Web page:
The year 2022 is significant for both India and the UK as our country commemorates the 75th anniversary of its Independence and the two celebrate 75 years of bilateral ties. India-UK relations were elevated to a Comprehensive Strategic Partnership in 2021, based on a shared commitment towards democracy, fundamental freedoms and multilateralism, and the recent visit of Boris Johnson, prime minister of the United Kingdom, further strengthened the ties.
During the visit, both nations recognised the need to focus on sustained economic recovery and work towards building resilience and trusted partnerships to assuage any external disruptions, thus building towards a Vision 2047 for shared security and prosperity for their people and the world.
India-UK economic partnership: Today, India has become a major economic power and is a highly valued strategic partner for the UK. The discussions and agreements during the visit covered a plethora of matters ranging from job creation and economic growth to energy security and defence.
In FY 2021–22, India’s exports to the UK stood at $9.43 billion, while imports aggregated $6.58 billion. India’s main exports to the UK include ready-made garments and textiles, gems and jewellery, engineering goods, petroleum products, transport equipment, spices, pharmaceuticals and marine products.
Imports from Britain include precious and semi-precious stones, ores and metal scraps, engineering goods, chemicals and machinery. In the services sector, the UK is the largest market in Europe for Indian IT services.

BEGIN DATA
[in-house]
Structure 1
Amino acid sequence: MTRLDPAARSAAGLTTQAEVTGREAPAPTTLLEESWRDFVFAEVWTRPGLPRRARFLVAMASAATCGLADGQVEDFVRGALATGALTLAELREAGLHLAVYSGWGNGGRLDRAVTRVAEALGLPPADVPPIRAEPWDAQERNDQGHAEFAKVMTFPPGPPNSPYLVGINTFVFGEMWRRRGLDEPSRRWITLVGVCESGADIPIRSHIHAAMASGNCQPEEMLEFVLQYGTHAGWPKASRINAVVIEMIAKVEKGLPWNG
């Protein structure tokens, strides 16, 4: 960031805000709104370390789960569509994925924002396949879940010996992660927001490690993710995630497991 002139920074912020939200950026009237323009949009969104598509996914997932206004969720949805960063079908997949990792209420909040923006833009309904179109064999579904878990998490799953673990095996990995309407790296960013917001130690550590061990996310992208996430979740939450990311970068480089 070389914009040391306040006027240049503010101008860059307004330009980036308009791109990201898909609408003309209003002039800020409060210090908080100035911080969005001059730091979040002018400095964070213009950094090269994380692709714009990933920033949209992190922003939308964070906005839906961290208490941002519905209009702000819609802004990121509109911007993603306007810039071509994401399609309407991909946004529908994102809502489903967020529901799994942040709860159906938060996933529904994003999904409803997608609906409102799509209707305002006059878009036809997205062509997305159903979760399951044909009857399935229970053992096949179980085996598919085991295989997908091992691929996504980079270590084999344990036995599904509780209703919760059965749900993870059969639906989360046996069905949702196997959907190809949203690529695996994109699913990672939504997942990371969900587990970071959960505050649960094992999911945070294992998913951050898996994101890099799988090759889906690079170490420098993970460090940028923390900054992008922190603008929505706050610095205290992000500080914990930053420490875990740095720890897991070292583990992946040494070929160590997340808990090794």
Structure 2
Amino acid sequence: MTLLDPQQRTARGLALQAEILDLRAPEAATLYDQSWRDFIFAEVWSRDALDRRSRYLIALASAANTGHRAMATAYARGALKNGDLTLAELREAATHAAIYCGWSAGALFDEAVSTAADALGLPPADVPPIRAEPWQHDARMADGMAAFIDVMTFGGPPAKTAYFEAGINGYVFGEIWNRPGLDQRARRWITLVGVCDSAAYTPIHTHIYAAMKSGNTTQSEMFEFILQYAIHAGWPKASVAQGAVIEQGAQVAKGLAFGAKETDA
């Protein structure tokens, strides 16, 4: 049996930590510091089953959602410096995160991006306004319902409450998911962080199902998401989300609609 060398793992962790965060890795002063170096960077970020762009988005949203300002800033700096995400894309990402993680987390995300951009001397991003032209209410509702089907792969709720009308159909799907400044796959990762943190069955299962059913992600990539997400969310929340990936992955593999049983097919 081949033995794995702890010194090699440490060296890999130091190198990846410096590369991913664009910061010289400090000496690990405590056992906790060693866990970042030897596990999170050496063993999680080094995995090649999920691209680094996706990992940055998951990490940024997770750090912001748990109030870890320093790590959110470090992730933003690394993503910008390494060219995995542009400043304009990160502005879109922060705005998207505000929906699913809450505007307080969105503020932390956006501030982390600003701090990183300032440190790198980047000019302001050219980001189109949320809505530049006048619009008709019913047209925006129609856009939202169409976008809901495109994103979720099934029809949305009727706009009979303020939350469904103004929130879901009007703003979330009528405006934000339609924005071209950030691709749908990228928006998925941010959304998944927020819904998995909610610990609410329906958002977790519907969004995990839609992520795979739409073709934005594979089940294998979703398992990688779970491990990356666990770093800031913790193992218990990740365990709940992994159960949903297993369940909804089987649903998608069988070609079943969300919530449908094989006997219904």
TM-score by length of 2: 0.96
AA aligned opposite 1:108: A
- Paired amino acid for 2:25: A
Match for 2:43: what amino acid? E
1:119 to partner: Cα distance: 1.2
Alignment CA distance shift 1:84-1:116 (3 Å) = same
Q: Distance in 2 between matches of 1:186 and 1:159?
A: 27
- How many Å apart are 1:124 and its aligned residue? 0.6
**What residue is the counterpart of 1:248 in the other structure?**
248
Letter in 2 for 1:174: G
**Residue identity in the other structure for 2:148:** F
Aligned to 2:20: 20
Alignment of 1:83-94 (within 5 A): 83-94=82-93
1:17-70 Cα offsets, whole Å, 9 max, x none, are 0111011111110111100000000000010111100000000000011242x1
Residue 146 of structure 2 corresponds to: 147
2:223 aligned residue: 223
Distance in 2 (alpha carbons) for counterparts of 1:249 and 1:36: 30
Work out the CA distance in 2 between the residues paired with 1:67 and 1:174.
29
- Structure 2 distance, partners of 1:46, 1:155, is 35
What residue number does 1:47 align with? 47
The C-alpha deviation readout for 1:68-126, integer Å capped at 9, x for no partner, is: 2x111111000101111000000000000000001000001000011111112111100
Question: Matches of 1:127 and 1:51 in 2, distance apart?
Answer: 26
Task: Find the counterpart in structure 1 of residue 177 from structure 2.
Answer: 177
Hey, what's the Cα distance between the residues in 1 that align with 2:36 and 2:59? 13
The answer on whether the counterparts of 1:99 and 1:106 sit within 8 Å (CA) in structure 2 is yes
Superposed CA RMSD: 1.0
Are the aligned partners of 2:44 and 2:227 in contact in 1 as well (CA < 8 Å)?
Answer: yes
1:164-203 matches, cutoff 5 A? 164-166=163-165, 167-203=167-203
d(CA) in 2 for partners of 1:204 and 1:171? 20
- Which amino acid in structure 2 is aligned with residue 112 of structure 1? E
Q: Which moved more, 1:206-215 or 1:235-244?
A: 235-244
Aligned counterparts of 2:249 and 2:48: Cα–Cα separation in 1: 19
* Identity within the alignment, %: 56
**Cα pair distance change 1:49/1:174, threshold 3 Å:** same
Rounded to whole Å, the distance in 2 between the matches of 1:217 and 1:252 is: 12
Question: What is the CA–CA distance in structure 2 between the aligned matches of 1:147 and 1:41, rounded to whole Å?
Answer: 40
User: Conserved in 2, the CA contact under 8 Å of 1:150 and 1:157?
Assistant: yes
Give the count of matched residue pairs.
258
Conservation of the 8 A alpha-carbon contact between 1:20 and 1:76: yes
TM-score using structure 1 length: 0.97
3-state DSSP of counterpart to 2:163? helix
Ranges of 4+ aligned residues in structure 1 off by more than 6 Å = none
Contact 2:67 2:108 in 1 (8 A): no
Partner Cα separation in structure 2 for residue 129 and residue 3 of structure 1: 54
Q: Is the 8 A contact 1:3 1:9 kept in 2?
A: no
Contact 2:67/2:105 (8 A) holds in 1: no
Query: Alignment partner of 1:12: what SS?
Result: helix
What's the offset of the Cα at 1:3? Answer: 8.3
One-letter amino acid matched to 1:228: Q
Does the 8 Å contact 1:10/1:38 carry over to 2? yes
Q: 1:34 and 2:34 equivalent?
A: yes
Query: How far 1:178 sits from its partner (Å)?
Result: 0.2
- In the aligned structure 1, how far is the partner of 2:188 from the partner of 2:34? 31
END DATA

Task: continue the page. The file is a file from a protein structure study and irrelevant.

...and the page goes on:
Similarly, investments are robust in both directions, with Indian companies as the largest and fastest-growing overseas investors in the UK. As per the CII-Grant Thornton report titled ‘Britain Meets India’ tracker 2021, there are 572 British companies in India. The ‘India meets UK’ Report 2021 shows a record 850 Indian companies operating in Britain, with combined revenues of almost £50.8 billion and employing 1,16,046 people.
Areas of collaboration: The meetings between the heads of the two countries included a significant economic component related to climate change, trade, defence and healthcare that will drive the future partnership. The CII envisions new-age partnerships across emerging sectors for the private industries of both countries, building on the overall economic framework emerging from this landmark visit.
First, India-UK climate collaboration revolves around strengthening partnership in R&D of cutting-edge technologies and the transfer of proven tech to drive low carbon pathways. Such partnerships also provide opportunities for the private sector in developing technologies, climate finance and nature-based solutions to deliver concrete actions for achieving the 2030 nationally determined contributions.
With the UK leading in the development of both blue and green hydrogen capability and India also having launched the National Hydrogen Policy, there is huge potential to curate a new global alliance on hydrogen led by India with the collaboration of other countries and support of businesses.
The two countries launched the Climate Finance Leadership Initiative (CFLI) in September 2021 to support climate and green energy projects in India. The CFLI is responsible for $6.2 trillion in assets and aims to create investment-friendly business environments and robust pipelines of bankable sustainable infrastructure opportunities in emerging markets. These investments aim to support India’s target of 450 GW renewable energy by 2030. Many industry titans are a part of the CFLI and this provides a great opportunity to extend this platform to other leading Indian businesses, especially MSMEs, to support the accelerating climate action.